verb \ˈblench\

Definition of BLENCH

intransitive verb
:  to draw back or turn aside from lack of courage :  flinch

Origin of BLENCH

Middle English, to deceive, blench, from Old English blencan to deceive; akin to Old Norse blekkja to impose on
First Known Use: 13th century

Synonym Discussion of BLENCH

recoil, shrink, flinch, wince, blench, quail mean to draw back in fear or distaste. recoil implies a start or movement away through shock, fear, or disgust <recoiled at the suggestion of stealing>. shrink suggests an instinctive recoil through sensitiveness, scrupulousness, or cowardice <shrank from the unpleasant truth>. flinch implies a failure to endure pain or face something dangerous or frightening with resolution <faced her accusers without flinching>. wince suggests a slight involuntary physical reaction (as a start or recoiling) <winced in pain>. blench implies fainthearted flinching <stood their ground without blenching>. quail suggests shrinking and cowering in fear <quailed before the apparition>.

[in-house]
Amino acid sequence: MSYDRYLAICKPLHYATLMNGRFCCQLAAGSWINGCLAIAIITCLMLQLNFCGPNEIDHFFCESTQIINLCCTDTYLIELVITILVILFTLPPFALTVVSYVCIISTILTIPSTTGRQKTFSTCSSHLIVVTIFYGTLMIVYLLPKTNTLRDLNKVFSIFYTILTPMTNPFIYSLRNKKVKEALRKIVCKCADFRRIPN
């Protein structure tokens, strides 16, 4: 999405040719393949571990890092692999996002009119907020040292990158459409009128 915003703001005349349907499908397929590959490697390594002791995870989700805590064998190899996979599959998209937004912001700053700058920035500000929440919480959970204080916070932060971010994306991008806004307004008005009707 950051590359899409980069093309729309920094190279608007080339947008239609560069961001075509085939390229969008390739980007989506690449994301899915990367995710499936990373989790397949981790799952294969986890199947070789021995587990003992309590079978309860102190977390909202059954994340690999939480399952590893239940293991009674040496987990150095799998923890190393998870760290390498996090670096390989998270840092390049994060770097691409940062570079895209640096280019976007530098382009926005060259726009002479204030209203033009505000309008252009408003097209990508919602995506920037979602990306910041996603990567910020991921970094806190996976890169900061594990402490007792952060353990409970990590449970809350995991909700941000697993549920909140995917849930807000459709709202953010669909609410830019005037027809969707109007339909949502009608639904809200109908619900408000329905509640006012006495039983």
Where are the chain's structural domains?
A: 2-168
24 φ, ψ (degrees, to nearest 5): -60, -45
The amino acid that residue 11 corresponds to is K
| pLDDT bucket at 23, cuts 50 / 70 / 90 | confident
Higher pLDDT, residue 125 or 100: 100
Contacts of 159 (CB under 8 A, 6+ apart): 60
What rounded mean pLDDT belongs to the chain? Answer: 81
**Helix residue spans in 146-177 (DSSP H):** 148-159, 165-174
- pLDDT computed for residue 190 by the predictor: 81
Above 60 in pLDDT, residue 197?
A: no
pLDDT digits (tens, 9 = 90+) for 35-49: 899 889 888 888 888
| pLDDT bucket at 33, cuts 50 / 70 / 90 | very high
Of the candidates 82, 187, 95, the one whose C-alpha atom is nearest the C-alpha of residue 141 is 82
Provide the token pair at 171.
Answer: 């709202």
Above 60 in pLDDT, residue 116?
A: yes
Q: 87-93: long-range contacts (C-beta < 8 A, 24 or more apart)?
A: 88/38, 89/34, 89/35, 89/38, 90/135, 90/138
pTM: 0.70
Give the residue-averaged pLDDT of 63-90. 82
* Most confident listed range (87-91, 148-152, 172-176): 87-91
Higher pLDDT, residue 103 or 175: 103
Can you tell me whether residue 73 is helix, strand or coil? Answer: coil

Definition of BLENCH

:  bleach, whiten

Origin of BLENCH

alteration of blanch
First Known Use: 1813


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